By the time I stumbled upon the Remer Motel I was at the end of my tether. I saw the dinky, down-at-the-heels motel and gave up trying to go any farther west to Walker, my planned destination. (Good thing I didn’t persist in reaching Walker; I found out there was a fishing tournament there on Leech Lake and all the accommodations in Walker were booked up.)
A series of impressions kept recurring as this ride has unfolded, mainly certain scents that have become evocative of the U.P. and its neighboring states: the smell of balsam that perfumes the air along some of the highways, then there is the odor of campfires–the sweet smokiness reminding me of the many backpacking trips Rosa and I have taken over the years, but there’s also the sight of stately birches lining the edge of the forests along the roads. For some reason, I never tire of seeing those elegant trees. Taken together these sights and smells create calm and joyful feelings that’s hard to describe.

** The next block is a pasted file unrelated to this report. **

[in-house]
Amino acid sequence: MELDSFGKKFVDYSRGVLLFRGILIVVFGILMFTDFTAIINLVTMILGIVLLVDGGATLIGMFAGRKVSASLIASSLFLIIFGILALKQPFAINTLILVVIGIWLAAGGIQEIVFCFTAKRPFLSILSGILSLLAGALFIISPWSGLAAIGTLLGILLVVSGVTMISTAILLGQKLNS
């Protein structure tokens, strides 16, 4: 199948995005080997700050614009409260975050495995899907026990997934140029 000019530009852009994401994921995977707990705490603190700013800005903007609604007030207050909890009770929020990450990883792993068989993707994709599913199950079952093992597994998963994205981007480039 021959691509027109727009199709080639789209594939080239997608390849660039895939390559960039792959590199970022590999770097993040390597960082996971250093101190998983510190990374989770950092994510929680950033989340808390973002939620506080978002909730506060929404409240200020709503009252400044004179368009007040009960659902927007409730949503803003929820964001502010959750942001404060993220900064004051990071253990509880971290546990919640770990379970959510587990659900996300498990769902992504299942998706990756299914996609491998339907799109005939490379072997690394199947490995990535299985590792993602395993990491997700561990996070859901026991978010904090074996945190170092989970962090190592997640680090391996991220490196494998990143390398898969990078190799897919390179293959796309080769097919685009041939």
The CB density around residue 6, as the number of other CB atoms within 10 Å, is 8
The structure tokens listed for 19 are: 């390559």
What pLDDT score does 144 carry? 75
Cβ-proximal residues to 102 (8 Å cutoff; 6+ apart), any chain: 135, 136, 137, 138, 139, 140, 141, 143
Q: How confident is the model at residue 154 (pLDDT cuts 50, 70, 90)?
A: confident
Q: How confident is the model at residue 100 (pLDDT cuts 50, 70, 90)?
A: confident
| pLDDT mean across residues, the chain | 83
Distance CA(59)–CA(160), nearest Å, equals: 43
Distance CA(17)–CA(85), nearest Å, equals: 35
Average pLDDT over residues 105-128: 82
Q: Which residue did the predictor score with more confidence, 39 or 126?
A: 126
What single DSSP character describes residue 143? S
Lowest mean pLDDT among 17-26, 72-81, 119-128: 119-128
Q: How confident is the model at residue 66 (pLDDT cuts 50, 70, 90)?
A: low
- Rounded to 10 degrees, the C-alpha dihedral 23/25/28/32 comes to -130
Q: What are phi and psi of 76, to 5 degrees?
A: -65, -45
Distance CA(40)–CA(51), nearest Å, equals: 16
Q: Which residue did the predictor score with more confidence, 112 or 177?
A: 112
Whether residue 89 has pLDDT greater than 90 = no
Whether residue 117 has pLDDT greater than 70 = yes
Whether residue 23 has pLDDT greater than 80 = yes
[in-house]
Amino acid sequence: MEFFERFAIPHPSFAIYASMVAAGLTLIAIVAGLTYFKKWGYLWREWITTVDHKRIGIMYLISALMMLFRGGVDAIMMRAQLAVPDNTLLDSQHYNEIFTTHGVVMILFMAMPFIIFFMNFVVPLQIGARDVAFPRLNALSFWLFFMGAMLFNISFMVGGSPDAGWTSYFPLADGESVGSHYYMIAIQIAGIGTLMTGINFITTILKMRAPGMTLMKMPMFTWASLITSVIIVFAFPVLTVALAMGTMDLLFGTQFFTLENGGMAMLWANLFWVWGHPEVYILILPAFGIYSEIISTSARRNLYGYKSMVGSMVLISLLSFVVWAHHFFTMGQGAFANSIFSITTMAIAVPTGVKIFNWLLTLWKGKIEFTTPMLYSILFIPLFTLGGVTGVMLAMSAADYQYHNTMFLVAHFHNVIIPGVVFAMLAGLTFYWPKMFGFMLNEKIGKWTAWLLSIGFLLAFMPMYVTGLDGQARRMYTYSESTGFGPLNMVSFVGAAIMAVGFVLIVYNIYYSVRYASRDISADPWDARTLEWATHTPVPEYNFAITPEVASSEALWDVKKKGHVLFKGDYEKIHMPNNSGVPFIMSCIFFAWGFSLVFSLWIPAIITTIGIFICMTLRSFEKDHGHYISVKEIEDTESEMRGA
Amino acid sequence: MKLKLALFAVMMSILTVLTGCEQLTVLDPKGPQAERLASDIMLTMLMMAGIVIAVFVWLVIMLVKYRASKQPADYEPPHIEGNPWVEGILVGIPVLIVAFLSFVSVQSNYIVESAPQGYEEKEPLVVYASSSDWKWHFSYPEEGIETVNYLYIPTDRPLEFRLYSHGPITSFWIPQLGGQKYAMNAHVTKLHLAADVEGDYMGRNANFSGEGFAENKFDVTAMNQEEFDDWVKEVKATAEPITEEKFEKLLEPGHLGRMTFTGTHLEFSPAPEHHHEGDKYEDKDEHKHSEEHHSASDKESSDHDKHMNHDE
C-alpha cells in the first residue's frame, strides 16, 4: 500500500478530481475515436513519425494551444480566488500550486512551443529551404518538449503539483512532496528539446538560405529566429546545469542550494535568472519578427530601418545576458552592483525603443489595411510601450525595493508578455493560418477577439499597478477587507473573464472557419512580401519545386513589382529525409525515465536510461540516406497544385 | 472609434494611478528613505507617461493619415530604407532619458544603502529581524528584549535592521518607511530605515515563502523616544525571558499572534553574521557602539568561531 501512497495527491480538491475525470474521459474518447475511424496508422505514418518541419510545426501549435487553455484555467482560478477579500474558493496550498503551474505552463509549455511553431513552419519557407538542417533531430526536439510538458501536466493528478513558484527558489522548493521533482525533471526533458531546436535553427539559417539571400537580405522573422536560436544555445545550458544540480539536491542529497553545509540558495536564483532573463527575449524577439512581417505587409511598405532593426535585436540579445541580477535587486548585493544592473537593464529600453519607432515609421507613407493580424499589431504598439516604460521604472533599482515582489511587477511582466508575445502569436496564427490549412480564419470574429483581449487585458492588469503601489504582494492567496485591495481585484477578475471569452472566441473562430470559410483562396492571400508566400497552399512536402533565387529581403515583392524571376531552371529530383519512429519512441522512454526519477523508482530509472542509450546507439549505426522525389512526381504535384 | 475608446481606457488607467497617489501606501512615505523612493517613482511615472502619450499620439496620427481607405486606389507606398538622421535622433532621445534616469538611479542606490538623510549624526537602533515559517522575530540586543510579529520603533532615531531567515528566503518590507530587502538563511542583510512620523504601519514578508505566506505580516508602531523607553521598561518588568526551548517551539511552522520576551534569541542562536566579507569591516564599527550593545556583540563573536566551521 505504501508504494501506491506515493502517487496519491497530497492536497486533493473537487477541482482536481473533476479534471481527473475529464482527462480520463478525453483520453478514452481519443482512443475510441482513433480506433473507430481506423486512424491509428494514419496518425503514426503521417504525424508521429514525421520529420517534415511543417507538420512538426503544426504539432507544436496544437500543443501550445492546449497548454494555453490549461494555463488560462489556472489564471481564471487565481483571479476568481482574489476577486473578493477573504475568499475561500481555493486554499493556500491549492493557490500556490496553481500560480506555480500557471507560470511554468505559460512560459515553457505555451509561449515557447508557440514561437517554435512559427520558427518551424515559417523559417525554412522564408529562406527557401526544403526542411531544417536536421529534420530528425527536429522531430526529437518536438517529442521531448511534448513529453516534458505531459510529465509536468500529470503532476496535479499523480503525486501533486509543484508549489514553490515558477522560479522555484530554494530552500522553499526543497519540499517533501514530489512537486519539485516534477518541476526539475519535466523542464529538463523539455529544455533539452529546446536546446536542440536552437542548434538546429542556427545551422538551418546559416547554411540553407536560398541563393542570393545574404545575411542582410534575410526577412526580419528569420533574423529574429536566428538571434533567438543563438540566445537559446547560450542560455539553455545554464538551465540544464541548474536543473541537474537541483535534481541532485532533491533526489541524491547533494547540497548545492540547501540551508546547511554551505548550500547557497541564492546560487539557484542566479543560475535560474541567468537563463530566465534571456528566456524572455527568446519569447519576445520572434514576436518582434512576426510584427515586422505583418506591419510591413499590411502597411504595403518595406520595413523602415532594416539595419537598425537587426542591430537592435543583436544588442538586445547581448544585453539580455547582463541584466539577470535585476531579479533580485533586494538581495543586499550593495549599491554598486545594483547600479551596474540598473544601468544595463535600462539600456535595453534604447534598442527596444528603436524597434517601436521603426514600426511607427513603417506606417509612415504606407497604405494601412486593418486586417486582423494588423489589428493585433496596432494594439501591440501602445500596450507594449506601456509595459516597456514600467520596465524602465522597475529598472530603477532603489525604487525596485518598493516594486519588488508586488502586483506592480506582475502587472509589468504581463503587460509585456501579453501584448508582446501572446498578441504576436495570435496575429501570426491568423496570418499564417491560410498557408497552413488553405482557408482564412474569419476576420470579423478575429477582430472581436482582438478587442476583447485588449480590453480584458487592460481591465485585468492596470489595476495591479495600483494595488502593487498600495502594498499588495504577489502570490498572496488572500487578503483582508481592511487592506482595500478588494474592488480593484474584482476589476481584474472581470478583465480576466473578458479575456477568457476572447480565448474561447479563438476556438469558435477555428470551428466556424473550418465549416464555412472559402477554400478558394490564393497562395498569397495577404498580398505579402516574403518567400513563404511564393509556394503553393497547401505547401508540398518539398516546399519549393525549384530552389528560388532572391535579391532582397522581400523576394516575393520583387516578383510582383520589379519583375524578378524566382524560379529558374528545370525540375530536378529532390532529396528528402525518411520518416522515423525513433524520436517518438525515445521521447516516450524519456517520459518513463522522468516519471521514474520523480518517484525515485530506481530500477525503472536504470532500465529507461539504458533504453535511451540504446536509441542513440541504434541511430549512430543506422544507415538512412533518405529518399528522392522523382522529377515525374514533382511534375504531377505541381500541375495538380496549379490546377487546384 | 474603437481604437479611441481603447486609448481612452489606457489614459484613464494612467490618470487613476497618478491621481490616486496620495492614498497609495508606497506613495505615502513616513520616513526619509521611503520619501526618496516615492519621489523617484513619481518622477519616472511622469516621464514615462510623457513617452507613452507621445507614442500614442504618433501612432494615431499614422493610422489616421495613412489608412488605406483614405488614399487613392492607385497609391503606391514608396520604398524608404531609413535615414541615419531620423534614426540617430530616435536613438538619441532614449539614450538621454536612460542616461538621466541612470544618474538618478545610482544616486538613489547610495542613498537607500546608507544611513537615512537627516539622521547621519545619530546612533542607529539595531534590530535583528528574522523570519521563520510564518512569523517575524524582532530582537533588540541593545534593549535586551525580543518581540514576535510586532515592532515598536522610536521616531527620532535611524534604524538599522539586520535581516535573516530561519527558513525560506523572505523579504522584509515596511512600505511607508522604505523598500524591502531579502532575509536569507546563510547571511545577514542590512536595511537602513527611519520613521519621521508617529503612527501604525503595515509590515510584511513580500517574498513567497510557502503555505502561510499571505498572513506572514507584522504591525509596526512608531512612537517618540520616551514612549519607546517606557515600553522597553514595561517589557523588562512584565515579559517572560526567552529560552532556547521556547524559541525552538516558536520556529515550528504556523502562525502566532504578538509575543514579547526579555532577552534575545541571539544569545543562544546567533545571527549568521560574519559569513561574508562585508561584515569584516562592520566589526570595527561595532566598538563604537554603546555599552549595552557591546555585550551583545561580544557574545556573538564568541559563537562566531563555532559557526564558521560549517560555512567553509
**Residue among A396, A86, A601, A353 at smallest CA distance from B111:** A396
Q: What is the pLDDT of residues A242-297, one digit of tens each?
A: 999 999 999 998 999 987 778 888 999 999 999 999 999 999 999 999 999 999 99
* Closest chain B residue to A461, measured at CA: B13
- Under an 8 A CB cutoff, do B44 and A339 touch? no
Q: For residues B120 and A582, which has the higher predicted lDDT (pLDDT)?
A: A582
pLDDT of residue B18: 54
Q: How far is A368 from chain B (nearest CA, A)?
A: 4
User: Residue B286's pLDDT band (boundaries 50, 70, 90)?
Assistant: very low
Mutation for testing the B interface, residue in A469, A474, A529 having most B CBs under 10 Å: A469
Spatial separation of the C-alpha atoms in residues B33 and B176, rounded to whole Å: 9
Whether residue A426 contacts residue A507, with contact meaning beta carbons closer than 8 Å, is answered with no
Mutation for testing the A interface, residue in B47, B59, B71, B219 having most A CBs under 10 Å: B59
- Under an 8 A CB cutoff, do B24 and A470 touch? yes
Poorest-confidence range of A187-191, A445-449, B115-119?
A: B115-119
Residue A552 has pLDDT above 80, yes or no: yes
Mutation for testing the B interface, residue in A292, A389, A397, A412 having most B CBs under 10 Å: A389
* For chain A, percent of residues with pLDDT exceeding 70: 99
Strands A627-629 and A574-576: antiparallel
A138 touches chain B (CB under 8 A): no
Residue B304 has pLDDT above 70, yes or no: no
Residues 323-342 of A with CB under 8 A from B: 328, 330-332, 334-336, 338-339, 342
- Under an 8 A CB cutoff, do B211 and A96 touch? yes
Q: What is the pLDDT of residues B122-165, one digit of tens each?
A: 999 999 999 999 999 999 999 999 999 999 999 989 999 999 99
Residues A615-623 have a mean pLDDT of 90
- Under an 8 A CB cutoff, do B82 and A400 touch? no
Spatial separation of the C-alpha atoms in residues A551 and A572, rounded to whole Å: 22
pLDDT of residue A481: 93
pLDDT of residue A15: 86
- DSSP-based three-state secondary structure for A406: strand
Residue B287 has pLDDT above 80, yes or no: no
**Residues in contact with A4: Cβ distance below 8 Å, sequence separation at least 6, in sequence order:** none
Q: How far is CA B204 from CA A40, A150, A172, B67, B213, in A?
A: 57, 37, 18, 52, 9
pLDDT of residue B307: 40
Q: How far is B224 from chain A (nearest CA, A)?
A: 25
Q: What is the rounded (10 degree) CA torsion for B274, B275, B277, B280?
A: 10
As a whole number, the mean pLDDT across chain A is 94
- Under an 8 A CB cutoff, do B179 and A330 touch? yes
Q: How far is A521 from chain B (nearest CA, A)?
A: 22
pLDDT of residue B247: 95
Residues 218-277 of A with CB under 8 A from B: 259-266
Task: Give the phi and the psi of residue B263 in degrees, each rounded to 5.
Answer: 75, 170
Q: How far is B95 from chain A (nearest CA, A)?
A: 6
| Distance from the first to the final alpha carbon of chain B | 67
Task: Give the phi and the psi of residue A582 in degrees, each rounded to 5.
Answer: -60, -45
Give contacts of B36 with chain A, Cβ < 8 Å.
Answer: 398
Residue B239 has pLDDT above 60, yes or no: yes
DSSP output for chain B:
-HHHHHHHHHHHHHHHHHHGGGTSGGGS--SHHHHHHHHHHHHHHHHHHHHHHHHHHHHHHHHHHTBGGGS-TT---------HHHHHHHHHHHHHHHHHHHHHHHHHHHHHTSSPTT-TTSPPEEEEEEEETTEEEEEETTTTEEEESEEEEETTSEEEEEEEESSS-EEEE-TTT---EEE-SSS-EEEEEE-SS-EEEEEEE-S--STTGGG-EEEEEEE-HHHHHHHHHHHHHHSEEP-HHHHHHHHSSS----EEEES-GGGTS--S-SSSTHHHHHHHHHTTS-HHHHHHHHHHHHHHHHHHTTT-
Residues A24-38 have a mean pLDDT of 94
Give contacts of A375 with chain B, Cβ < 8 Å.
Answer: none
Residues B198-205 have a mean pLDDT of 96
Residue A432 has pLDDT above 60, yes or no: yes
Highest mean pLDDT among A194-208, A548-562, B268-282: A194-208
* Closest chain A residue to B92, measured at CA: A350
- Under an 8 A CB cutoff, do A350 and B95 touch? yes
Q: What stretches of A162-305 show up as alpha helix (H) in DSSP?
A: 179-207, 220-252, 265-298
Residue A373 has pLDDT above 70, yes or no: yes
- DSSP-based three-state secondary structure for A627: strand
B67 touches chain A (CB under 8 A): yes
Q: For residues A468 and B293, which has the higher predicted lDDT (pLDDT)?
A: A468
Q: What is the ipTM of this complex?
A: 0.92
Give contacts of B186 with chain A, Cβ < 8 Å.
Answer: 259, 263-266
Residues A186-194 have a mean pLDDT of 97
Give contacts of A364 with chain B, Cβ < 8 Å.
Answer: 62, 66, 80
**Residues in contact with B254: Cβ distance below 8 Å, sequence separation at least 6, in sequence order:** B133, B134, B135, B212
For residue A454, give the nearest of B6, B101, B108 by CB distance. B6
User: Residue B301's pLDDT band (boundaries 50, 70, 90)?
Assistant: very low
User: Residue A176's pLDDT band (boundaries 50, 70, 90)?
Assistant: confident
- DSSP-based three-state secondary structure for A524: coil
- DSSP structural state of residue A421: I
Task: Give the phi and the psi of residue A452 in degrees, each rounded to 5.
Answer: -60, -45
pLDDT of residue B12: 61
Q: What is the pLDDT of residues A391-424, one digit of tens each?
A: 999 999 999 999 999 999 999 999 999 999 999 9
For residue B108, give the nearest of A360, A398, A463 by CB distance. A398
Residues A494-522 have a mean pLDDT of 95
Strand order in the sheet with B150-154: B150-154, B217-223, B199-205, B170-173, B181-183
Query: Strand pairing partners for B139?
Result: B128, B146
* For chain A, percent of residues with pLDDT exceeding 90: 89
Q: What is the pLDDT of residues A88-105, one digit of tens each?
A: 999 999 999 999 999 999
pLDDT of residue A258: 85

I was traveling west on Route 200 in Minnesota when I came through Remer, population 366; this was another happy accident. Remer, according to Wikipedia, had a Big Foot sighting a few years ago and claims to be the Big Foot Capital of the U.S. Notwithstanding the Wiki citation, and likely out of embarrassment of such a silly sobriquet, no local ever mentioned this nor did I see any promotion of the Big Foot craze whatsoever.
Fishing is the main interest, pastime, obsession, and activity around Remer. On the other hand, it is true that Al Capone stayed at the Thunderbird Lodge near Remer on his visits to Minnesota. I guess then things got too hot in Chicago, Remer was the place to be. Remer is supposed to have the largest eagle statue in the world. (See photo below.) Somehow, I can’t quite buy that.